At least 22 buses have been caught over the past two weeks leaving Beitbridge carrying goods smuggled across the Limpopo.
The National Security Taskforce recently deployed to Beitbridge Border Post has found that the smugglers are carrying goods across the Limpopo River well away from the bridges used by legitimate importers and then load these into buses heading out of Beitbridge along the two main highways to towns and cities across the country.
National police spokesperson Assistant Commissioner Paul Nyathi yesterday said that between Friday and Sunday, eight buses that were intercepted and searched were carrying smuggled goods.
“Our teams are busy on the ground enforcing the law, and we want to strongly warn bus operators that they must not be used as conduits to transport contraband,” said Asst Comm Nyathi.
“We have discovered that after using illegal crossing points, the smugglers are boarding intercity buses in Beitbridge heading to various towns in the country. Such actions are prejudicing the State a lot of potential revenue.”
Asst Comm Nyathi said police will descend heavily on both the smugglers and the bus operators who connive to break the law.
“You will note that the borders are currently closed to ordinary people, and hence some criminals are using undesignated entry points to bring in goods,” said Asst Comm Nyathi.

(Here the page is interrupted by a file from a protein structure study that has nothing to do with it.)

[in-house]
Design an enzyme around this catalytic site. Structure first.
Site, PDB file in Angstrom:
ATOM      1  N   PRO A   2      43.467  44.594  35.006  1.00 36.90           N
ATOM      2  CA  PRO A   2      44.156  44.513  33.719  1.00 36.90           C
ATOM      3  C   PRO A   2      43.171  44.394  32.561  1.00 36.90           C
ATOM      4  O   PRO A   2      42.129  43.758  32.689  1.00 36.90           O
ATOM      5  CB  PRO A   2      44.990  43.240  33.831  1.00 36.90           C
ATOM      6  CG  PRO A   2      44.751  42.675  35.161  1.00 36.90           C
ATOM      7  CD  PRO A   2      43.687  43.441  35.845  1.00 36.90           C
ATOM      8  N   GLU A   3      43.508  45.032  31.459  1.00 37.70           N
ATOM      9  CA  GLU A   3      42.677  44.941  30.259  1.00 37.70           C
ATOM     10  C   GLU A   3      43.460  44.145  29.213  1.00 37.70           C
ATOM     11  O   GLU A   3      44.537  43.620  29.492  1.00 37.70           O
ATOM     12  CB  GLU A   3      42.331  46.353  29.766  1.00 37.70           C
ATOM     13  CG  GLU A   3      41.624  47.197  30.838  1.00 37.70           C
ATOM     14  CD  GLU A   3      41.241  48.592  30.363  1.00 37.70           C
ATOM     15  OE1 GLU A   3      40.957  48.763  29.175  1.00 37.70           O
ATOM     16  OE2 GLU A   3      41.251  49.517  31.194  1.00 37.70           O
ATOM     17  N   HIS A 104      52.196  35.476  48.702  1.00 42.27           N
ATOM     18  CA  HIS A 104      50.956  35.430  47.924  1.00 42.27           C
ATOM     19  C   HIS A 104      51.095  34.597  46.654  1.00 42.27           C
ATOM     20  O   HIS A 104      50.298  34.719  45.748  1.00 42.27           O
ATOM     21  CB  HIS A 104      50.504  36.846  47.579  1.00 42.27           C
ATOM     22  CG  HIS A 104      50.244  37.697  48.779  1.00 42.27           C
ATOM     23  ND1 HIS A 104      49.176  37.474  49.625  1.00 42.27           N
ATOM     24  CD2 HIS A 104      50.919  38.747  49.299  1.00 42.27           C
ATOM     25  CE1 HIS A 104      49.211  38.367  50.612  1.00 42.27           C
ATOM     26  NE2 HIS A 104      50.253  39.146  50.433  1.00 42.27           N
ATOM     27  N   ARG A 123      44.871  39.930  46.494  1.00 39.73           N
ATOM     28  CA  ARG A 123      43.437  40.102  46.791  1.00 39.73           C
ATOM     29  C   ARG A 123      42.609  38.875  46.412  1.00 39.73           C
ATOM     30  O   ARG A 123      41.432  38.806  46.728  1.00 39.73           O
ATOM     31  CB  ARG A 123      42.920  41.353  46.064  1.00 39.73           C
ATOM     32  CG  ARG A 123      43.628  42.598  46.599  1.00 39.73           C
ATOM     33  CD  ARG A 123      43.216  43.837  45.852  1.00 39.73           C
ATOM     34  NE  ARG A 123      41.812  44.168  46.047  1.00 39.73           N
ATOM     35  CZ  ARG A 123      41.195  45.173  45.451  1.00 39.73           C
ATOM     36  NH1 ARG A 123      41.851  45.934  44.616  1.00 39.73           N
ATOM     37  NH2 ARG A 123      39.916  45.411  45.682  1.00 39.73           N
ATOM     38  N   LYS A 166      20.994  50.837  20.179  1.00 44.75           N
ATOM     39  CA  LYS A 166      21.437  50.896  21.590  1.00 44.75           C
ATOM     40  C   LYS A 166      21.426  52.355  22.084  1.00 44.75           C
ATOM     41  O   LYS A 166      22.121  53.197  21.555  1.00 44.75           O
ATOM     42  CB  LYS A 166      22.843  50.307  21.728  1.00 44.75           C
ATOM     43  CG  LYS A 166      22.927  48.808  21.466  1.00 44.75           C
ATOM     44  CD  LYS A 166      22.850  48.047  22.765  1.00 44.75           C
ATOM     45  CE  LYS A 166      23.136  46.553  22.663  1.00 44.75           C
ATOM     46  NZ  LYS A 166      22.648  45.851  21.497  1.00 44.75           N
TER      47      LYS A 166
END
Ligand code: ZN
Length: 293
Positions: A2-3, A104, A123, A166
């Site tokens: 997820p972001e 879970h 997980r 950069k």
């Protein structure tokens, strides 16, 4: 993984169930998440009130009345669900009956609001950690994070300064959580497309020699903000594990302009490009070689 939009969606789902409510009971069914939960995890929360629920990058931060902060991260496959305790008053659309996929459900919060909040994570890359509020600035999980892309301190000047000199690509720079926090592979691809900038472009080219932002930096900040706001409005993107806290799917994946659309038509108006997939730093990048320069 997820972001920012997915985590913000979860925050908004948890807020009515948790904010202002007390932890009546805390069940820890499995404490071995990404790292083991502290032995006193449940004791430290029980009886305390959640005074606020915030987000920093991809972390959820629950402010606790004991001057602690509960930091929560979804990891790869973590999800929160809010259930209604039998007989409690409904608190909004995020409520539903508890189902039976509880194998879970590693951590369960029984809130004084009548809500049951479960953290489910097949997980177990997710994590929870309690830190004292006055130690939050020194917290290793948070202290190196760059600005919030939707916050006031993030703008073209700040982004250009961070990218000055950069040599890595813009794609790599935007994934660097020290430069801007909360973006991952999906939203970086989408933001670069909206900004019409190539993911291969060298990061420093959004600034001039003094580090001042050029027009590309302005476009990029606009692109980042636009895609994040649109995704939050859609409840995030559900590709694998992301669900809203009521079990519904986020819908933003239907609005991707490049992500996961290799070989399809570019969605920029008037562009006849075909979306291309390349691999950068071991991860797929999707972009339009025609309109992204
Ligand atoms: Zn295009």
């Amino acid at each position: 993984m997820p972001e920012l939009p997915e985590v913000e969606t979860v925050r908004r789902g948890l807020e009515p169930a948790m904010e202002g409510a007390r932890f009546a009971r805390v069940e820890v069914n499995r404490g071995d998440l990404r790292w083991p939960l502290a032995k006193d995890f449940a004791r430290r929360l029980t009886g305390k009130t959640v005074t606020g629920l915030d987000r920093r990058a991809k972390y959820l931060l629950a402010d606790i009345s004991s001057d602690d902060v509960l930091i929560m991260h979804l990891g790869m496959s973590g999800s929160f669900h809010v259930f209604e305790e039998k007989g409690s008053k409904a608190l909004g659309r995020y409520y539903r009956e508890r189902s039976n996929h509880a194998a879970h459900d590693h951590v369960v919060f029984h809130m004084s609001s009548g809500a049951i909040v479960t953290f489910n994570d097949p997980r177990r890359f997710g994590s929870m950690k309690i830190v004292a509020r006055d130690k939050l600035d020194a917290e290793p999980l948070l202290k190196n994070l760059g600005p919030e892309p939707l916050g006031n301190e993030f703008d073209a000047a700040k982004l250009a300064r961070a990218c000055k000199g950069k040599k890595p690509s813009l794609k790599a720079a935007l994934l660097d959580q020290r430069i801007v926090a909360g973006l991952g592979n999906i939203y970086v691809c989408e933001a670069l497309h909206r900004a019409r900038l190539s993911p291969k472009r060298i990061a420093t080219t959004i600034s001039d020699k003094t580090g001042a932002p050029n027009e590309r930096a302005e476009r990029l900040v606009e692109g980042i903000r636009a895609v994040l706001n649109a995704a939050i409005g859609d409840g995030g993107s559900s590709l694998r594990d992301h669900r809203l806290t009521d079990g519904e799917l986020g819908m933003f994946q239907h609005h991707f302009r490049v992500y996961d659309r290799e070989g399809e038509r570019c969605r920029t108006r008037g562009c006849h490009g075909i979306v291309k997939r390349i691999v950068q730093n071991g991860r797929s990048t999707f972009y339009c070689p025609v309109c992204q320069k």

The bulk of the smuggled goods include electrical appliances and groceries requiring payment of duty on import.
Asst Comm Nyathi said the police had deployed adequate forces and will continue adapting to all tactics used by criminals, so that they bring them to justice.
Near the border yesterday, 12 buses were still being processed by the Zimbabwe Revenue Authority (Zimra).
While these importers were using the legal entry point, a border official said there were many cases of people under-declaring the goods to evade duty payment.
“The whole idea is to make people pay duty where it is due,” said the official.
“Nobody is being discouraged from importing goods as long as that is done within the confines of the law.”
A cross-border transporter, Mr Tendai Mujaji, said he was turned back to the border at a security check point at Bubi, some 80km north of Beitbridge along the Beitbridge-Masvingo Highway.
“Initially when we passed through here, we paid import duty for the goods we are carrying and now the goods have been re-assessed,” he said.
“We are yet to get feedback from the customs authority on whether we are paying duty top-up or being released.”
A traveller, Ms Patience Gumbo, said they were turned back 12km after leaving Beitbridge heading to Masvingo.
“We had hired a vehicle to bring our goods from South Africa which we then loaded in a Karoi-bound bus, but we were told that we need to get goods checked again for conformity by Zimra,” she said.
Zimra spokesperson Mr Francis Chimanda said he was yet to get an update on the Beitbridge situation where duty assessments for most goods were yet to be completed.
Zimra has also introduced a 100 percent search initiative on all cargo being carried in light commercial trucks with a carrying capacity of between 15 tonnes and 20 tonnes.
This followed an upsurge in a trend of false declarations by either the transporters or the importers.
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